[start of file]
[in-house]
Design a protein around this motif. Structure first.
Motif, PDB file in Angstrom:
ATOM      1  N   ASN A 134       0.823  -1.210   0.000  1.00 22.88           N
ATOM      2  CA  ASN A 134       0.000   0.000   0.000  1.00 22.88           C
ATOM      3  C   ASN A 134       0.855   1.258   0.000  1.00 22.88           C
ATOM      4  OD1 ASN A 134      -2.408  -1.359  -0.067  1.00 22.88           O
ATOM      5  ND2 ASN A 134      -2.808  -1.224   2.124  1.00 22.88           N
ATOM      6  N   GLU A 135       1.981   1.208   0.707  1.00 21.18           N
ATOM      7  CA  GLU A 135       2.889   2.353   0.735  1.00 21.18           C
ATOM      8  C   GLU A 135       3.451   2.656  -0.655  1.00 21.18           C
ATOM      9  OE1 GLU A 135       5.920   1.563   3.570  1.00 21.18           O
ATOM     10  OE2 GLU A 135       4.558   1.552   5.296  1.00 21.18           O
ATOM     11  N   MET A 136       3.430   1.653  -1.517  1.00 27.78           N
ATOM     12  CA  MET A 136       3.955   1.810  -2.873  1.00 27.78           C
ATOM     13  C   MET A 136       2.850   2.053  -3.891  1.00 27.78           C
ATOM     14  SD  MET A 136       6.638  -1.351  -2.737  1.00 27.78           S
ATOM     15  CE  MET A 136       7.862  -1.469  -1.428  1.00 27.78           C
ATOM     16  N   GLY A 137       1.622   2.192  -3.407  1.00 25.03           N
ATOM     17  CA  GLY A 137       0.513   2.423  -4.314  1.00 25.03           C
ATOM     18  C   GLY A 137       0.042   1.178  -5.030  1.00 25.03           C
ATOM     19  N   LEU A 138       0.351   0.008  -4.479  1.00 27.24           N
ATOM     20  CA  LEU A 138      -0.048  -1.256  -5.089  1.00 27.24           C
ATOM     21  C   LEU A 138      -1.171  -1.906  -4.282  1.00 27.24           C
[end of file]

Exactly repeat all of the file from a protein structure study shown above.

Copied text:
[in-house]
Design a protein around this motif. Structure first.
Motif, PDB file in Angstrom:
ATOM      1  N   ASN A 134       0.823  -1.210   0.000  1.00 22.88           N
ATOM      2  CA  ASN A 134       0.000   0.000   0.000  1.00 22.88           C
ATOM      3  C   ASN A 134       0.855   1.258   0.000  1.00 22.88           C
ATOM      4  OD1 ASN A 134      -2.408  -1.359  -0.067  1.00 22.88           O
ATOM      5  ND2 ASN A 134      -2.808  -1.224   2.124  1.00 22.88           N
ATOM      6  N   GLU A 135       1.981   1.208   0.707  1.00 21.18           N
ATOM      7  CA  GLU A 135       2.889   2.353   0.735  1.00 21.18           C
ATOM      8  C   GLU A 135       3.451   2.656  -0.655  1.00 21.18           C
ATOM      9  OE1 GLU A 135       5.920   1.563   3.570  1.00 21.18           O
ATOM     10  OE2 GLU A 135       4.558   1.552   5.296  1.00 21.18           O
ATOM     11  N   MET A 136       3.430   1.653  -1.517  1.00 27.78           N
ATOM     12  CA  MET A 136       3.955   1.810  -2.873  1.00 27.78           C
ATOM     13  C   MET A 136       2.850   2.053  -3.891  1.00 27.78           C
ATOM     14  SD  MET A 136       6.638  -1.351  -2.737  1.00 27.78           S
ATOM     15  CE  MET A 136       7.862  -1.469  -1.428  1.00 27.78           C
ATOM     16  N   GLY A 137       1.622   2.192  -3.407  1.00 25.03           N
ATOM     17  CA  GLY A 137       0.513   2.423  -4.314  1.00 25.03           C
ATOM     18  C   GLY A 137       0.042   1.178  -5.030  1.00 25.03           C
ATOM     19  N   LEU A 138       0.351   0.008  -4.479  1.00 27.24           N
ATOM     20  CA  LEU A 138      -0.048  -1.256  -5.089  1.00 27.24           C
ATOM     21  C   LEU A 138      -1.171  -1.906  -4.282  1.00 27.24           C